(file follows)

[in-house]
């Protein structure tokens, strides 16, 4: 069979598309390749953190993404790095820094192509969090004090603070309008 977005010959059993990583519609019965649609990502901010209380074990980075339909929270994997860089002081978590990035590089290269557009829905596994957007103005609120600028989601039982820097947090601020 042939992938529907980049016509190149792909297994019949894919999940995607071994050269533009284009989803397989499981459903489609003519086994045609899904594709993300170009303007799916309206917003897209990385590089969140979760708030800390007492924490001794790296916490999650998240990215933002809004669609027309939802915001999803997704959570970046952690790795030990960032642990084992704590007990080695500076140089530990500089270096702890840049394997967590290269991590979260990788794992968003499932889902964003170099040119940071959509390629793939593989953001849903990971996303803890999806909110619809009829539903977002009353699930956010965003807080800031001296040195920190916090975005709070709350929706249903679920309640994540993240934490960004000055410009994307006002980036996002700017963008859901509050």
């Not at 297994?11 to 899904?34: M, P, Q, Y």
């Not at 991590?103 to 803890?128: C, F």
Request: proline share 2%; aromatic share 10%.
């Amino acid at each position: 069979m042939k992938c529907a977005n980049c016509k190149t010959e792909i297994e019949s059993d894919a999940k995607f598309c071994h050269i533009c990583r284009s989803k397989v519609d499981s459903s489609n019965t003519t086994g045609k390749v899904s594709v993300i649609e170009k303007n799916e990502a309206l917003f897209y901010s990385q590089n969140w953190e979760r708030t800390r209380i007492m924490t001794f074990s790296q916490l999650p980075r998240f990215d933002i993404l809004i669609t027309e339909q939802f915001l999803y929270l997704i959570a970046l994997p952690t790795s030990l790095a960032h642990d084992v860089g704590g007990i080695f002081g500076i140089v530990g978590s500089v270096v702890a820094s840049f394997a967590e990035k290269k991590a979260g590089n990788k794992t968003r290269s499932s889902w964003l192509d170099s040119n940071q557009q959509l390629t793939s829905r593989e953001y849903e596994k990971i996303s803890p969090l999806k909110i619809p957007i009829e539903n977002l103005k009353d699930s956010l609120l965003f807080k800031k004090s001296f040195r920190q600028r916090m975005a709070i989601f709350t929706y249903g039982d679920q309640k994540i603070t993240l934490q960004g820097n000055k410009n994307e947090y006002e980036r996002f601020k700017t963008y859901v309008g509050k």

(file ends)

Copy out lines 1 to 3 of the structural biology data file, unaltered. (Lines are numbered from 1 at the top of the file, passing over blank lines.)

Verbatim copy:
[in-house]
């Protein structure tokens, strides 16, 4: 069979598309390749953190993404790095820094192509969090004090603070309008 977005010959059993990583519609019965649609990502901010209380074990980075339909929270994997860089002081978590990035590089290269557009829905596994957007103005609120600028989601039982820097947090601020 042939992938529907980049016509190149792909297994019949894919999940995607071994050269533009284009989803397989499981459903489609003519086994045609899904594709993300170009303007799916309206917003897209990385590089969140979760708030800390007492924490001794790296916490999650998240990215933002809004669609027309939802915001999803997704959570970046952690790795030990960032642990084992704590007990080695500076140089530990500089270096702890840049394997967590290269991590979260990788794992968003499932889902964003170099040119940071959509390629793939593989953001849903990971996303803890999806909110619809009829539903977002009353699930956010965003807080800031001296040195920190916090975005709070709350929706249903679920309640994540993240934490960004000055410009994307006002980036996002700017963008859901509050």
């Not at 297994?11 to 899904?34: M, P, Q, Y």